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    This article is a bunch of concept name-dropping and strong but unsupported assertions without a lot of explanation. It was hard to tell whether any of the explanations were correct because none of them were precise enough to be falsifiable.

    For a much better explanation of categories, see Category Theory for Programmers.

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      The author has published versions three distinct version of that for Haskell, Scala, and Ocaml. Very nice.

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      Pretty incoherent writeup running out to some marketing…

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        But Functional Programming lacks Categories !!


        So where are you gonna put your schema? Nowhere good, that’s for sure. Frustrated, developers have been leaving Haskell for Idris and other languages that at least have some type support, if not ‘schema’.

        Ah yes, the great Haskell to Idris migration of 2019, spurred on by…umm…lack of database tooling. Yes. All those great Idris CRUD apps, because a database that you haven’t given full-strength dependently typed bindings is really a database you haven’t appreciated at all.

        I’m kinda sad this article didn’t bring up F* now. CRUD apps in F* would be entertaining.

        OCAML tried to build something called a Categorical Abstract Machine (CAM) but it was too inflexible.

        Nevermind, that probably explains the leaving F* out. OCaml descendant; still too inflexible for real world, database-oriented, extremely mathy programming.

        A CAM is a bit of an Eldritch creature that is (1) part database (2) part operating system and (3) part programming language.

        Isn’t this literally The Oberon System (or also kinda Smalltalk)? MUMPS also could probably hit all these cleanly. Mainframes also like to mesh databases & filesystems.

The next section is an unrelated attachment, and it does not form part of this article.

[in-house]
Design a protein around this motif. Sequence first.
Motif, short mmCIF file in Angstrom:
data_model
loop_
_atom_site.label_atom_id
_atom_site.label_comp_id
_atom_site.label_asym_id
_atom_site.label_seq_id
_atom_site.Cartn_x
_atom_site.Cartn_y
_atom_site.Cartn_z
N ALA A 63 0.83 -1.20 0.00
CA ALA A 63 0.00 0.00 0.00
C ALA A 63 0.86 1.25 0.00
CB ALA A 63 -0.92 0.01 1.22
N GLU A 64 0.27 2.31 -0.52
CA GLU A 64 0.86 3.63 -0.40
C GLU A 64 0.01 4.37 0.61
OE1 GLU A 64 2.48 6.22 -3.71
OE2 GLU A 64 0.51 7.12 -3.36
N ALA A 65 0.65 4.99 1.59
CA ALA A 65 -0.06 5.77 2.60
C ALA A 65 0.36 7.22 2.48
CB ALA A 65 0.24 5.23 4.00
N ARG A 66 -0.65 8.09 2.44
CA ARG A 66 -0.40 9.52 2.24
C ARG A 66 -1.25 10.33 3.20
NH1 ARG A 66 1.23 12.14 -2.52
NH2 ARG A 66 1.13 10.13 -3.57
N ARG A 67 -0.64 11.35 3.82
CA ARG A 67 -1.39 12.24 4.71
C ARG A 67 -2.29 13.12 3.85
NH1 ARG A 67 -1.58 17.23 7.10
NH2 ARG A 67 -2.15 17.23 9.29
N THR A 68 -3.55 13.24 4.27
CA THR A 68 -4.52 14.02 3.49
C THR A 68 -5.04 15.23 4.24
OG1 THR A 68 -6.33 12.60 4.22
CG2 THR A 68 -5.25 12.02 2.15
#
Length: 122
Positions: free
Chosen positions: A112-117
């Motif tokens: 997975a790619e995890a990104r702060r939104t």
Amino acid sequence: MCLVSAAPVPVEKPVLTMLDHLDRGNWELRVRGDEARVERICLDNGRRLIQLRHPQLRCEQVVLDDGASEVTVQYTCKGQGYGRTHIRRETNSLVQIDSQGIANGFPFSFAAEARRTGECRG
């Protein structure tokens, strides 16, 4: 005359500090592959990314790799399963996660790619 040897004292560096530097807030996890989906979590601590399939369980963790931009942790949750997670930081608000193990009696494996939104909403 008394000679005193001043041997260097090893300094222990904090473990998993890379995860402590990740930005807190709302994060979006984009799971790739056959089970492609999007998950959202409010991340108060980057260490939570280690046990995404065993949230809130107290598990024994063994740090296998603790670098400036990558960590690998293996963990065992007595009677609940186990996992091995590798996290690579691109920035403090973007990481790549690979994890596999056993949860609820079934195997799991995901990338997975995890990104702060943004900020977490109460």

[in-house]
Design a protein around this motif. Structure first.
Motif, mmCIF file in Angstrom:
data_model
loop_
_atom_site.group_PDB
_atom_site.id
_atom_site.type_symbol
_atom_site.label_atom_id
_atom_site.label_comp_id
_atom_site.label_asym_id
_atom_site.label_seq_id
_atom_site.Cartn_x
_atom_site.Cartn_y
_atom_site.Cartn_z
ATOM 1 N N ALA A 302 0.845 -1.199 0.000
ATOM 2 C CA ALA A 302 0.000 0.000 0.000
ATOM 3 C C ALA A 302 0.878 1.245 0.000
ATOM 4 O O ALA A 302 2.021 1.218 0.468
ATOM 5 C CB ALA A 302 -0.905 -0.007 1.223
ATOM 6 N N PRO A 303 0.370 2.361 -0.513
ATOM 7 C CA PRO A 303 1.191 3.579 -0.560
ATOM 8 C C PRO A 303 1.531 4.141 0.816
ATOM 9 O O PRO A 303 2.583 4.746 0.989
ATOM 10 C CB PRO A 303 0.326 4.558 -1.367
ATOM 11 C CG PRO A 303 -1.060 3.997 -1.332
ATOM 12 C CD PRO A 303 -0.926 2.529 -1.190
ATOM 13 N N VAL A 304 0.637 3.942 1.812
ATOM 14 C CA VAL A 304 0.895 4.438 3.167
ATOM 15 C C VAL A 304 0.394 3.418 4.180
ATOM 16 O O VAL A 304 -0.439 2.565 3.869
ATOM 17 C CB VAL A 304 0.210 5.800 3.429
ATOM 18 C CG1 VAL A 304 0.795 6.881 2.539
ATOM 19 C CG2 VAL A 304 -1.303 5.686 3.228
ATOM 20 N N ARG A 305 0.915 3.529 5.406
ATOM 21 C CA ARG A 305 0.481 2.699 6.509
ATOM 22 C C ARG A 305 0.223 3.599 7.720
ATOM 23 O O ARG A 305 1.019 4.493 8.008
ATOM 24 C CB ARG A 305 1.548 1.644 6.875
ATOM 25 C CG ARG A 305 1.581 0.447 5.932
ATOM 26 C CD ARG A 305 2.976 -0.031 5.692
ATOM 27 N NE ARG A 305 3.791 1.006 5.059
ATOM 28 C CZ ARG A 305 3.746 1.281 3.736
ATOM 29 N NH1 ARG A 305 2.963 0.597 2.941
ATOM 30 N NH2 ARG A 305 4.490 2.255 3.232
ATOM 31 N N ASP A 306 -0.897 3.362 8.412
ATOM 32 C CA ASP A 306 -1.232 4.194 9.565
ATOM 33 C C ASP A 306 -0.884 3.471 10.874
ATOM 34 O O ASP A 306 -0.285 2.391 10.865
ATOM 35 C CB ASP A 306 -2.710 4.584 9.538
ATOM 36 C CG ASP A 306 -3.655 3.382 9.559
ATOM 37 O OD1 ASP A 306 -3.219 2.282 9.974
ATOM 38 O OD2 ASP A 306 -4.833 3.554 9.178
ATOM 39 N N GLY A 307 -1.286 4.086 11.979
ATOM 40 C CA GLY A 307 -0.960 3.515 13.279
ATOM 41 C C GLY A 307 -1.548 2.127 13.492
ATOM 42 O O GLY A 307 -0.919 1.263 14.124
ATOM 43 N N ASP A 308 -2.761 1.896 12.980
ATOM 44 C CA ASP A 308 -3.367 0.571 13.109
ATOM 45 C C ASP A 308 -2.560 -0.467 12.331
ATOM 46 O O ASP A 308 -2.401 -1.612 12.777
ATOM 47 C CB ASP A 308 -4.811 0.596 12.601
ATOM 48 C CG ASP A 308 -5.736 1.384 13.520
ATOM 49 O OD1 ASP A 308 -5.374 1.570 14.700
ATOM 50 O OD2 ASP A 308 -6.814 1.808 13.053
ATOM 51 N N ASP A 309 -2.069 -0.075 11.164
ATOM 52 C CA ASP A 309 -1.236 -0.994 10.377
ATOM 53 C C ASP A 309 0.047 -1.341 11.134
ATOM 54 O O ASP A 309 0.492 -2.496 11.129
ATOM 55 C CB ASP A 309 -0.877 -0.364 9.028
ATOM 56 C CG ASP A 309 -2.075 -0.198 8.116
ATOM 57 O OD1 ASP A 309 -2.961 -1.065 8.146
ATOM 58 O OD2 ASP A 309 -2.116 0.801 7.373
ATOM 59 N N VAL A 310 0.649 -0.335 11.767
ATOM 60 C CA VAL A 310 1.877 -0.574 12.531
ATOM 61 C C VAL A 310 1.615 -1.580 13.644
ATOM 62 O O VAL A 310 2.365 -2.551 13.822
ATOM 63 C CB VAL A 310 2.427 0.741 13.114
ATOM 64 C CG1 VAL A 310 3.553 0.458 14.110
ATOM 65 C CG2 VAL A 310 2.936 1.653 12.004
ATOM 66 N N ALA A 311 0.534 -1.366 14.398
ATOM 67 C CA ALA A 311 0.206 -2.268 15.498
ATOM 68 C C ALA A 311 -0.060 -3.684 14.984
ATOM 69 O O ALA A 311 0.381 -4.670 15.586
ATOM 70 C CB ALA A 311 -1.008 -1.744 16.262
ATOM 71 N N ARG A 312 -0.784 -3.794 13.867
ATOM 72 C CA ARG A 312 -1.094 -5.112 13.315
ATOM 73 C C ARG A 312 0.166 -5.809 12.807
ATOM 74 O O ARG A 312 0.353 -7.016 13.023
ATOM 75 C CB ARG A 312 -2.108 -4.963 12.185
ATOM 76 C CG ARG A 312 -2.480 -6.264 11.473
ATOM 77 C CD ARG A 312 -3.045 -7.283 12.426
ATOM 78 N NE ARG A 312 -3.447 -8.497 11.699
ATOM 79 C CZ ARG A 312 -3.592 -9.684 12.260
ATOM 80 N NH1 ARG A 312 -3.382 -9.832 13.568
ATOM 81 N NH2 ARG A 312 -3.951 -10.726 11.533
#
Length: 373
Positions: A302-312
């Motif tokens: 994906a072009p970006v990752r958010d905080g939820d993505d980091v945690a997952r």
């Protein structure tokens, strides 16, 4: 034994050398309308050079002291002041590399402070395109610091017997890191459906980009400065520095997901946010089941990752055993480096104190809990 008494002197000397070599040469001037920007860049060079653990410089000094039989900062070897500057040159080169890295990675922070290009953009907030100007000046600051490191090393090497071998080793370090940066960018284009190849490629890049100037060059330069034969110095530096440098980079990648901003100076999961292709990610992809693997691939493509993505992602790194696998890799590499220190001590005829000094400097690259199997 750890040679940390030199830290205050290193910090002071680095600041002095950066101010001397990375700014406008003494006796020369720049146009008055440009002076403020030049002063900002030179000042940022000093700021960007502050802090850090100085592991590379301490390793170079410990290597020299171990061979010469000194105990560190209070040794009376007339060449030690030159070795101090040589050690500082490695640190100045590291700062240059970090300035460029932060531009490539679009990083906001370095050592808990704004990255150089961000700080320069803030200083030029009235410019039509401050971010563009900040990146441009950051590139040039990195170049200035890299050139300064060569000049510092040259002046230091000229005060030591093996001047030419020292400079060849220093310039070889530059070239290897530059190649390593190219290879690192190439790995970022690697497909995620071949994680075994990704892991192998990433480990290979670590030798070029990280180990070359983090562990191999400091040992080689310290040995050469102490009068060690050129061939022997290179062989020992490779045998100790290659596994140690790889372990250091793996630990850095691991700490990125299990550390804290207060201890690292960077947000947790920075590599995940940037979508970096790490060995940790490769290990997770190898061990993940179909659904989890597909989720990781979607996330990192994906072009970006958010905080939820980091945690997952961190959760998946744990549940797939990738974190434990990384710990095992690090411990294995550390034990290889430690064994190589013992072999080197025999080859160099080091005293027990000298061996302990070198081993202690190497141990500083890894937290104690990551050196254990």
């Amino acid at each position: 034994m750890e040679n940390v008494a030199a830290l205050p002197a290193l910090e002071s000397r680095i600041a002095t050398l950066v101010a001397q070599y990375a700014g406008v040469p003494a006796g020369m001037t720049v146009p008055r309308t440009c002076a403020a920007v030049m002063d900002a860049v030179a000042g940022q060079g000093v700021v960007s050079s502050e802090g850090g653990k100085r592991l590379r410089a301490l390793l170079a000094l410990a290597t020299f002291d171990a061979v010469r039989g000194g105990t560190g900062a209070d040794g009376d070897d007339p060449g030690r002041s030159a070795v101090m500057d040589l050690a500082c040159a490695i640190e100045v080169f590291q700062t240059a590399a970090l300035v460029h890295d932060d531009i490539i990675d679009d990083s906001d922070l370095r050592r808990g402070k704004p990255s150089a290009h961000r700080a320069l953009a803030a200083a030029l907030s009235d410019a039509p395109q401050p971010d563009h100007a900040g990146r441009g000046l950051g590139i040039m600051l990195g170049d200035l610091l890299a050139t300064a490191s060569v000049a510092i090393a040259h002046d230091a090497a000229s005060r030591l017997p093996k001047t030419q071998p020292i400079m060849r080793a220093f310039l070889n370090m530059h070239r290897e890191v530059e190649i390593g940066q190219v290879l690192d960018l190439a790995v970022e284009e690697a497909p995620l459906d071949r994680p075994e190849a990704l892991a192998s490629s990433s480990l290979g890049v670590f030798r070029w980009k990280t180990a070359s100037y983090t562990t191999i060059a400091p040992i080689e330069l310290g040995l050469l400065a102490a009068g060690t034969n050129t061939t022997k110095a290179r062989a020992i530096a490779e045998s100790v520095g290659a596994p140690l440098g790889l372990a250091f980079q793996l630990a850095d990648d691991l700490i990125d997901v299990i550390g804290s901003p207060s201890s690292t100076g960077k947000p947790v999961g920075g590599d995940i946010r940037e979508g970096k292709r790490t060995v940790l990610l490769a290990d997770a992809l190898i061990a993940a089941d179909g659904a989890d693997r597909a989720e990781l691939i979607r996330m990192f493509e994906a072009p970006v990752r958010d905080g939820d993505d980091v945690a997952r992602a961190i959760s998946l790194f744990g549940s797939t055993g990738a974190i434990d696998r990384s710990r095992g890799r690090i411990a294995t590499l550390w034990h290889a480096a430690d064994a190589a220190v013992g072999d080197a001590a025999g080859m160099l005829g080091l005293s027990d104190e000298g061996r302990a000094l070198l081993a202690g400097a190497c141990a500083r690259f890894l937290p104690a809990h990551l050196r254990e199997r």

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          This is some tremendous clickbait holy shit. I have no idea what point this article makes because I’m not going to click anything with a title like this. It’s at the same level as something like “10 crazy things you never knew about Linux”.

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            Submission of an article like this is a good way to get informed contrary opinions for those who may have the benefit of enough domain knowledge to spot the mistakes. There were no comments on HN at the time of this posting, but within 12 hours some very good response here.

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            I enjoy this article because it reads like someone ingested a bunch of illegal substances before reading random tutorials and then published their notes.

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              You can actually parallelize existing Haskell code very easily imho.

              check out rpar, rseq, parList, parMap, parBuffer

              For me, the problem is knowing how to apply this effectively.

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                Great AI generated recruitment article.

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                  I flagged as spam. You can too.